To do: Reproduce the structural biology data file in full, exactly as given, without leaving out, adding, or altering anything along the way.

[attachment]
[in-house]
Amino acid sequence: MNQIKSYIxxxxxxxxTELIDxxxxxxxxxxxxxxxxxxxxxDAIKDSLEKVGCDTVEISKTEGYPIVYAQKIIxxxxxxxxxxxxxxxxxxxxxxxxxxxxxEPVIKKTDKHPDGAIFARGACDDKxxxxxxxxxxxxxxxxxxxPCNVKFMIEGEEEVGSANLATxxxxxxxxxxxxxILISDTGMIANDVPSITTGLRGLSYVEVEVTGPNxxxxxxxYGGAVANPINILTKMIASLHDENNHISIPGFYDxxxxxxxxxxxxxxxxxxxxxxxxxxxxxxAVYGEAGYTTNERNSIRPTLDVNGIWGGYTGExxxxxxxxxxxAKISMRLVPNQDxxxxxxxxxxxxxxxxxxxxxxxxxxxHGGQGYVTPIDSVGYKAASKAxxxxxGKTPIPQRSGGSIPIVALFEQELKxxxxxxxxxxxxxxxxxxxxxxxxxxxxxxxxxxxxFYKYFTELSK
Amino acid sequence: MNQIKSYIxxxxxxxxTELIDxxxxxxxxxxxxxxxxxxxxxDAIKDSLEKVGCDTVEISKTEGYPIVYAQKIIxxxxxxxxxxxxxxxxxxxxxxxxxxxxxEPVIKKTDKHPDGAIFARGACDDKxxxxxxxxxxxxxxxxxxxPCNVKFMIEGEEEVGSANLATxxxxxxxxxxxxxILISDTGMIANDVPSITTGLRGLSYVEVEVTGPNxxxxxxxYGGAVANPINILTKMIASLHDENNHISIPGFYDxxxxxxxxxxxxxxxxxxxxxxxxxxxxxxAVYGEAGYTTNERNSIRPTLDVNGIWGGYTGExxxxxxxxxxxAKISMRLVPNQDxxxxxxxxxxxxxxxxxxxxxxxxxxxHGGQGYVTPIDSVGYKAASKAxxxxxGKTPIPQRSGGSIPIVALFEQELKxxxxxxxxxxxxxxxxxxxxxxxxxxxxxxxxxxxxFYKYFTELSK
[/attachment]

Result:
[in-house]
Amino acid sequence: MNQIKSYIxxxxxxxxTELIDxxxxxxxxxxxxxxxxxxxxxDAIKDSLEKVGCDTVEISKTEGYPIVYAQKIIxxxxxxxxxxxxxxxxxxxxxxxxxxxxxEPVIKKTDKHPDGAIFARGACDDKxxxxxxxxxxxxxxxxxxxPCNVKFMIEGEEEVGSANLATxxxxxxxxxxxxxILISDTGMIANDVPSITTGLRGLSYVEVEVTGPNxxxxxxxYGGAVANPINILTKMIASLHDENNHISIPGFYDxxxxxxxxxxxxxxxxxxxxxxxxxxxxxxAVYGEAGYTTNERNSIRPTLDVNGIWGGYTGExxxxxxxxxxxAKISMRLVPNQDxxxxxxxxxxxxxxxxxxxxxxxxxxxHGGQGYVTPIDSVGYKAASKAxxxxxGKTPIPQRSGGSIPIVALFEQELKxxxxxxxxxxxxxxxxxxxxxxxxxxxxxxxxxxxxFYKYFTELSK
Amino acid sequence: MNQIKSYIxxxxxxxxTELIDxxxxxxxxxxxxxxxxxxxxxDAIKDSLEKVGCDTVEISKTEGYPIVYAQKIIxxxxxxxxxxxxxxxxxxxxxxxxxxxxxEPVIKKTDKHPDGAIFARGACDDKxxxxxxxxxxxxxxxxxxxPCNVKFMIEGEEEVGSANLATxxxxxxxxxxxxxILISDTGMIANDVPSITTGLRGLSYVEVEVTGPNxxxxxxxYGGAVANPINILTKMIASLHDENNHISIPGFYDxxxxxxxxxxxxxxxxxxxxxxxxxxxxxxAVYGEAGYTTNERNSIRPTLDVNGIWGGYTGExxxxxxxxxxxAKISMRLVPNQDxxxxxxxxxxxxxxxxxxxxxxxxxxxHGGQGYVTPIDSVGYKAASKAxxxxxGKTPIPQRSGGSIPIVALFEQELKxxxxxxxxxxxxxxxxxxxxxxxxxxxxxxxxxxxxFYKYFTELSK